However, we wish to note that the problem of attenuation compensation does not only relate to a single location, but it is more related to the spatial variation of amplitude due to the spatial distribution of attenuation in the earth (so called timespace variant Q). Note that if we can obtain a correct estimation of the time- and space-varying Q field, then we can use the forward and inverse Q filtering such that attenuation effects on post-migrated gathers can be reversed. In this case, the 3D attenuation field, if can be estimated with confidence from the seismic data, is a spatial gain function that tries to explore potential sources of amplitude variation in space, which are due to anelastic effects in the earth. We all know that wave propagation in earthen materials is anelastic, and that attenuation may be high enough to introduce additional sources of uncertainty in AVA inversion. The most important part is, therefore, to be able to estimate Q with some confidence. In some cases VSP data can be used to assist in verifying the attenuation effects and Q values. The choice to apply attenuation correction, as much as the choice not to apply attenuation correction, is part of the interpretational risk associated with AVA inversion. Obviously, if no significant affects of attenuation are visible, there may be no obvious need to apply such a correction. However, in some cases, the effect of attenuation is clearly visible, and then one should consider applying the correction.
‘Are we able to do an effective job of applying an offset-dependent inelastic attenuation to seismic gathers? If yes, how do you recommend applying such a correction – amplitude and phase, or only phase? Why?‘
This is a good question. It is easier to estimate Q on post-migrated angle gathers or partial stacks. However, one would like to make sure that some aspect of attenuation effects, mainly the dispersion of the seismic wave, is being compensated for during migration. This is why it is recommended to apply some phase compensation on the premigration gathers. Thus, phase only compensation with a typical Q value (Can be estimated using VSP data.) is recommended.
After migration, if the phase of the seismic data as a function of offset seems to be stable, amplitude Q correction is, in many cases, sufficient.
‘What are the different techniques /methods available for applying such a correction? You may briefly describe each.’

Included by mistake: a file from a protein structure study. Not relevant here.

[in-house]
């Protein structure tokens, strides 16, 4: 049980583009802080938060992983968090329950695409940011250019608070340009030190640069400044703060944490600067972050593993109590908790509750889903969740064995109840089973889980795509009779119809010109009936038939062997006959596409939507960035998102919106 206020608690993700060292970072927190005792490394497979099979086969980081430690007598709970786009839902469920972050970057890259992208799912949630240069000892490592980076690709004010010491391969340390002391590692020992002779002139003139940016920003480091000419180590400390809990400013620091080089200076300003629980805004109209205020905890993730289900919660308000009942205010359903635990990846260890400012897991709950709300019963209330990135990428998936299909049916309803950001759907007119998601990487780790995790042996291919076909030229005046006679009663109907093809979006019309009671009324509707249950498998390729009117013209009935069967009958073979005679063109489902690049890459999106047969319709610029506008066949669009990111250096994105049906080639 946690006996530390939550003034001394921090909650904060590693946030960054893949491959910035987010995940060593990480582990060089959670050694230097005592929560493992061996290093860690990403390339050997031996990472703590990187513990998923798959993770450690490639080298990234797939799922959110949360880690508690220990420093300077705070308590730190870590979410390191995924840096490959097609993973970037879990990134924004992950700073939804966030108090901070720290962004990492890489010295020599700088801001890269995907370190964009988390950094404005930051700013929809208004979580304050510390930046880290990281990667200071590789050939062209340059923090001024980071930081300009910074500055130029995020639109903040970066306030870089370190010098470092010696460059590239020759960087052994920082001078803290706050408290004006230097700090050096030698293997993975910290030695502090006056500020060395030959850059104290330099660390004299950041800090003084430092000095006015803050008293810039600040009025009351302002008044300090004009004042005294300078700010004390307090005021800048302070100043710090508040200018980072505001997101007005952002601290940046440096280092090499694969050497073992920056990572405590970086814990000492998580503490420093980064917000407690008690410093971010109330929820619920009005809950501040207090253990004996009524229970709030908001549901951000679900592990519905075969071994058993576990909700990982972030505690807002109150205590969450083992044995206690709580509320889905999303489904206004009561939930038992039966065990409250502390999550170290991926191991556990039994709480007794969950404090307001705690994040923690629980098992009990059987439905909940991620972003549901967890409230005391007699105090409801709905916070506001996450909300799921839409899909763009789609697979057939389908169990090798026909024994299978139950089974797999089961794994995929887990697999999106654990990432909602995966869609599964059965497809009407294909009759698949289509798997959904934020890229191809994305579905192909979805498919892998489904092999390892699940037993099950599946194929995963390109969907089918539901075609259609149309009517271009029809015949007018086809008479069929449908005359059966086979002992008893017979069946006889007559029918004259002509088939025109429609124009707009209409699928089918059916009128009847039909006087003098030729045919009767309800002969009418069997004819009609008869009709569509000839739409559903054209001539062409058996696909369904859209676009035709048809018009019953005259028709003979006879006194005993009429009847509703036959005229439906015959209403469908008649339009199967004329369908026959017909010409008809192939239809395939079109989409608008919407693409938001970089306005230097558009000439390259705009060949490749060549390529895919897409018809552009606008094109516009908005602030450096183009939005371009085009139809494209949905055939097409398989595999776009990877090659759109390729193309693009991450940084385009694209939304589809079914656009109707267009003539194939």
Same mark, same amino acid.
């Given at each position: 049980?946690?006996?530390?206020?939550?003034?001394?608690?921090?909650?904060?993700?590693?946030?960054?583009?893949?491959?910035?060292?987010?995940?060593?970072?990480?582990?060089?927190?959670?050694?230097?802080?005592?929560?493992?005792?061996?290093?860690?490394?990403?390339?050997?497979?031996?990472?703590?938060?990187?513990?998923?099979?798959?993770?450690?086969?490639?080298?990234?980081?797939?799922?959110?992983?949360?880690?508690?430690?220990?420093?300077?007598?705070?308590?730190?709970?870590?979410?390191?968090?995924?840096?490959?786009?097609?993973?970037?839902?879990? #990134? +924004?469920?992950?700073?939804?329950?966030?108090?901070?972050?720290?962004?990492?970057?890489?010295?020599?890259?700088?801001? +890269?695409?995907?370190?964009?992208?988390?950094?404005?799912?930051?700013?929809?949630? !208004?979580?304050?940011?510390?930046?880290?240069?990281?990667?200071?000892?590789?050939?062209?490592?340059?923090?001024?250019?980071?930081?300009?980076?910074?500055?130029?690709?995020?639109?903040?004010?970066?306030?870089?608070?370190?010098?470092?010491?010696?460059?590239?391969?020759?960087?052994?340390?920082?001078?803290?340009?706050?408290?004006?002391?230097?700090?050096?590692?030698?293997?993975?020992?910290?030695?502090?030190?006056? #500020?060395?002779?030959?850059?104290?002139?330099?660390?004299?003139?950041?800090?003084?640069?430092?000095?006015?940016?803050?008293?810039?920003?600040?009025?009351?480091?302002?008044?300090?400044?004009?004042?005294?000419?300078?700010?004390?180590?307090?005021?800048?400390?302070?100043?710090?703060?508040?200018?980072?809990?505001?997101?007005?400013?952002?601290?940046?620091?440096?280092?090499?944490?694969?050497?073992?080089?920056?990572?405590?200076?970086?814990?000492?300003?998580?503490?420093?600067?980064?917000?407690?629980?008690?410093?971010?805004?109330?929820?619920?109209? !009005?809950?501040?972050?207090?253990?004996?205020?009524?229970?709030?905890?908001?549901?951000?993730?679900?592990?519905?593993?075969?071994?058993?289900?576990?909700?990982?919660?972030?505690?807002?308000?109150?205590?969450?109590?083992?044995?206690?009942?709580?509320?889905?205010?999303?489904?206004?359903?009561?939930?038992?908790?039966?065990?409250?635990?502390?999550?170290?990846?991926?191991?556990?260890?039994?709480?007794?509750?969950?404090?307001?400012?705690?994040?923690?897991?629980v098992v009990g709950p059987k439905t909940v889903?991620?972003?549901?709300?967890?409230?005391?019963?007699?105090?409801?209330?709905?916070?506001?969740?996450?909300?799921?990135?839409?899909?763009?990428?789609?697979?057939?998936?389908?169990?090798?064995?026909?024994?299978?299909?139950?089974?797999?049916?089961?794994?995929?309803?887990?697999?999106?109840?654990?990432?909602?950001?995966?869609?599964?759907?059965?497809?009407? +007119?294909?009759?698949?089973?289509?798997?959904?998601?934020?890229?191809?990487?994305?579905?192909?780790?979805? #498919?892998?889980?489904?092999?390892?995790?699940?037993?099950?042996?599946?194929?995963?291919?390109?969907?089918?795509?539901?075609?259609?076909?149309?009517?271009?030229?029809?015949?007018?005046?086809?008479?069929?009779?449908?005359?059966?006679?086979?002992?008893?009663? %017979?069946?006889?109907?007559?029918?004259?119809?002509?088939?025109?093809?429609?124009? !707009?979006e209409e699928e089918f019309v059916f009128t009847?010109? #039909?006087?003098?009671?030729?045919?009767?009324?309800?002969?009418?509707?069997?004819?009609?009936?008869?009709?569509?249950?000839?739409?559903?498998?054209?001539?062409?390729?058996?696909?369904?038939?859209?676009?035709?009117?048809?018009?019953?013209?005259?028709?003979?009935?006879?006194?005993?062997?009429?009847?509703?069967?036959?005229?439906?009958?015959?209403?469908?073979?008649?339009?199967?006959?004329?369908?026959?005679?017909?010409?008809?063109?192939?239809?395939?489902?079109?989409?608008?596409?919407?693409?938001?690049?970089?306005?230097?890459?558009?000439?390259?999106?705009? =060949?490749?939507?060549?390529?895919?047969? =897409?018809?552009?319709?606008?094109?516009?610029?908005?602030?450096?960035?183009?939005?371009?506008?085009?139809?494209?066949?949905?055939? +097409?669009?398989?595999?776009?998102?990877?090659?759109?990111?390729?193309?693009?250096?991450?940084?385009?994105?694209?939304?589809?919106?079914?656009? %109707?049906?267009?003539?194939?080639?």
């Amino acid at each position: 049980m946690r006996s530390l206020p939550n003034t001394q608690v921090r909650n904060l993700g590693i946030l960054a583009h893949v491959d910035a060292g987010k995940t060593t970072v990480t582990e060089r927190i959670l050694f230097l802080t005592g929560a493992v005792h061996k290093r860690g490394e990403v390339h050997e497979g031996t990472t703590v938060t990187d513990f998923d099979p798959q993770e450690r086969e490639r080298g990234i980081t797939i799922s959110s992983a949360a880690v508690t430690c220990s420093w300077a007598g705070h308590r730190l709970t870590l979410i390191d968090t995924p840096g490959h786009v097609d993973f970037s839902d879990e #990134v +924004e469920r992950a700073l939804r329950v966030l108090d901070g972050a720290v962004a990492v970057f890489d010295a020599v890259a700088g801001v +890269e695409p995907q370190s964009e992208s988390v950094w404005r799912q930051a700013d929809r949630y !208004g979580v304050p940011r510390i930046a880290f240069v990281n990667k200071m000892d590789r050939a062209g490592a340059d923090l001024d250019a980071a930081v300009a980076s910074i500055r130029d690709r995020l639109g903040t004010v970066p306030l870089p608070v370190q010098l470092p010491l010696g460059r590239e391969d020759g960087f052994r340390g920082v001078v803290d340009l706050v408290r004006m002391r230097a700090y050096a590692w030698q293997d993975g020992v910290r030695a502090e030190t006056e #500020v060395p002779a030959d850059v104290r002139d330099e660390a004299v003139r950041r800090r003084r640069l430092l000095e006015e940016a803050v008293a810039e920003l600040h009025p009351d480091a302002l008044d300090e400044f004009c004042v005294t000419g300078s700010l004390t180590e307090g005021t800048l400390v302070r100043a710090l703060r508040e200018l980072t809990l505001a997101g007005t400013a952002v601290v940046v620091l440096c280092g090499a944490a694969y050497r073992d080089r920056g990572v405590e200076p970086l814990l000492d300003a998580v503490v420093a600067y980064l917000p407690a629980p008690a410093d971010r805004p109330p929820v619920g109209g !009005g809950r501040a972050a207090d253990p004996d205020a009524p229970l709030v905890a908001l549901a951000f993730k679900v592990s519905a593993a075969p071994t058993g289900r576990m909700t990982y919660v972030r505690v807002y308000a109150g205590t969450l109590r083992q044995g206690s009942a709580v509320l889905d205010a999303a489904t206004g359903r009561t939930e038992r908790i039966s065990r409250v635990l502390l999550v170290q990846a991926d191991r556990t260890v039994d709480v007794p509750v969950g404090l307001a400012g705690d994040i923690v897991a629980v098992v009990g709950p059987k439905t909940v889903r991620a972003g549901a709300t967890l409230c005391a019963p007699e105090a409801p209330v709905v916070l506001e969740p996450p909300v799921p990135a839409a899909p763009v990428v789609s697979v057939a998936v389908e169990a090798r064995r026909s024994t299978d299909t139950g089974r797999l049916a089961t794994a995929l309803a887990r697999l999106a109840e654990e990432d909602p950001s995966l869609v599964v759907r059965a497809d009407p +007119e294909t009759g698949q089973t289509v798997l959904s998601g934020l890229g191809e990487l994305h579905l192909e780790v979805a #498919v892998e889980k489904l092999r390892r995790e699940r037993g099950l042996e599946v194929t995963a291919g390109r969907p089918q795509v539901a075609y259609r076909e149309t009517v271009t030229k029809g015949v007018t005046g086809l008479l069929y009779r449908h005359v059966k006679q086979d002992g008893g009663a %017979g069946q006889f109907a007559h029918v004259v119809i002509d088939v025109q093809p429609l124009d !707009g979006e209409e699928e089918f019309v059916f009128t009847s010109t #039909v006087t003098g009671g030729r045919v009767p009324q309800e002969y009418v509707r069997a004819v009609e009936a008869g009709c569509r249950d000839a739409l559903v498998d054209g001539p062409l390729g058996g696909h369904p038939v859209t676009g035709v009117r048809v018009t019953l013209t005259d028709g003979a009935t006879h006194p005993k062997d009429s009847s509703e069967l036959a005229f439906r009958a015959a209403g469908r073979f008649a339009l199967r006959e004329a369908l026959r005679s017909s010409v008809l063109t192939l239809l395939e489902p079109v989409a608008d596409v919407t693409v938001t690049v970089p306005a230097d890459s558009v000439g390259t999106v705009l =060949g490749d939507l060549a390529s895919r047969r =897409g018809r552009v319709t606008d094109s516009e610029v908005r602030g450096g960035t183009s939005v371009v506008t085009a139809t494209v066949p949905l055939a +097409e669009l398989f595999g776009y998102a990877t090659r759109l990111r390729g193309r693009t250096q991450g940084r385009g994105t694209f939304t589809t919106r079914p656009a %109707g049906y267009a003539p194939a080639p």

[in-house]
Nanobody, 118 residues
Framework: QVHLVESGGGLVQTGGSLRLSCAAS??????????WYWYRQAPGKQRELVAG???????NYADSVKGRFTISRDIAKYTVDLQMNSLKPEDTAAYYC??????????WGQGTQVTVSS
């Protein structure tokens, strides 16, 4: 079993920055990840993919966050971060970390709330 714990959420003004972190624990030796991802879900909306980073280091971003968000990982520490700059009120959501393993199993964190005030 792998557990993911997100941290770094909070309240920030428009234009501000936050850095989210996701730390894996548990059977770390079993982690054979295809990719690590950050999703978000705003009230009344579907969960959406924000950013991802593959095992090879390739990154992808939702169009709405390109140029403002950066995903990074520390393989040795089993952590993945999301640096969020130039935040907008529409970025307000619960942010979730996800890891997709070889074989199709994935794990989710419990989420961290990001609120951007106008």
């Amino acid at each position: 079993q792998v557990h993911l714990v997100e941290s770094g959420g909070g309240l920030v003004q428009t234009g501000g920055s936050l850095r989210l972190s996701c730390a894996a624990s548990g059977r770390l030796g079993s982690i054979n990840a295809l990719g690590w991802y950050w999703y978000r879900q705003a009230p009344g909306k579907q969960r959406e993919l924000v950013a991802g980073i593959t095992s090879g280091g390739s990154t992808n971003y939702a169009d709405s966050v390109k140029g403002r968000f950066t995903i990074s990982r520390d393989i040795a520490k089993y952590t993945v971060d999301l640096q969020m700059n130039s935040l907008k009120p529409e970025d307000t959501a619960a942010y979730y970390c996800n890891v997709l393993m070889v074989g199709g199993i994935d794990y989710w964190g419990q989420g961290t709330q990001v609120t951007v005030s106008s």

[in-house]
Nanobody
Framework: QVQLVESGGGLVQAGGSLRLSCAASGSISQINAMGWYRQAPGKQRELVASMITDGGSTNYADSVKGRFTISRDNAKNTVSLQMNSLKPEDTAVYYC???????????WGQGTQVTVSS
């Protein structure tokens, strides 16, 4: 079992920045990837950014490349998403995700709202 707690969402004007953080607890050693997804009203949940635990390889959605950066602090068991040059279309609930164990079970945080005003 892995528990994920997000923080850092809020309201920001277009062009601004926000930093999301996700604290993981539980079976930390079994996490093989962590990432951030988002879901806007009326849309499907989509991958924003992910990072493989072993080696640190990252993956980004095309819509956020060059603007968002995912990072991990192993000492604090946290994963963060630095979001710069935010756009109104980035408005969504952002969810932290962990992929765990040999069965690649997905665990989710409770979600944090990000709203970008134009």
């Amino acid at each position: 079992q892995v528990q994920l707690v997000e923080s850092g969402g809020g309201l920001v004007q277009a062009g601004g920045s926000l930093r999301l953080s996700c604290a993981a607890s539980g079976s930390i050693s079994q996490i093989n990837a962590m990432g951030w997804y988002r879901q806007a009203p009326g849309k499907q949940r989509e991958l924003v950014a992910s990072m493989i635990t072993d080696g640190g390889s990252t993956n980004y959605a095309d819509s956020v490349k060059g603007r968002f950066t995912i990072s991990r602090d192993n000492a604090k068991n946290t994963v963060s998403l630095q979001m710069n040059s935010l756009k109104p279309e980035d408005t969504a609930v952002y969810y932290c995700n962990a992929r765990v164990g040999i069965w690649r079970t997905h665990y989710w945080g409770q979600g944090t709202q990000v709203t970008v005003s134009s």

At WesternGeco, we have been using a method for time- and space-variant Q compensation described in detail by Ferber (2005).
In this algorithm, absorption simulation or compensation filtering in the context of this method refers to the application of digital filters with the following amplitude and phase spectra:
where sgn = -1 must be used for absorption simulation, and sgn = - for compensation. Note that in the above formulas Q represent the effective time-space varying Q.
The time- and space-varying Q estimation for data processing proposes can be done using the method developed by Ralf Ferber and described by Bachrach et al. (2006), where a smooth effective Q field is estimated from surface seismic data using time-frequency analysis (also referred to as spectral decomposition) of surface seismic data. Some of the issues discussed earlier are demonstrated in the figures bellow taken from Bachrach et al, 2006.
In figure 1 we present near angle stack before and after applying time-space varying Q filter on the data. In figure 2 we present the wavelet extracted using a well log and the seismic data before and after Q compensation. As expected, the wavelet after Q compensation has higher frequencies and is closer to zero phase. Note also that the wavelet is slightly noisier as can be seen from its side-lobes. In figure 3 we present relative acoustic impedance derived from the data presented in figure 1 using AVA inversion technique (see reference for more details). Note that there are differences associated with the two panels, and specifically, the low impedance zones are more delineated after applying timespace varying Q. Note that interpretation of the low acoustic impedance associated with the example bellow may result different reservoir properties estimates. Addressing potential attenuation affects on the seismic signal is part of the interpretational risk associated with seismic data processing flow, as discussed earlier.
Question 2 — Answer 1
For such a general question, one can provide a general answer: we understand that thin layering above the target can cause transmission and interference effects that distort amplitude-versus-offset (angle) variations of reflections from target interval.
Yet, the distortion pattern and magnitude depend very much on peculiarities of the thin layer stack structure and diversity of the constituting layers’ properties. Depending on these particulars, it may or may not be possible to decrease the unwanted effects by either pre-processing or by specific interpretation measures.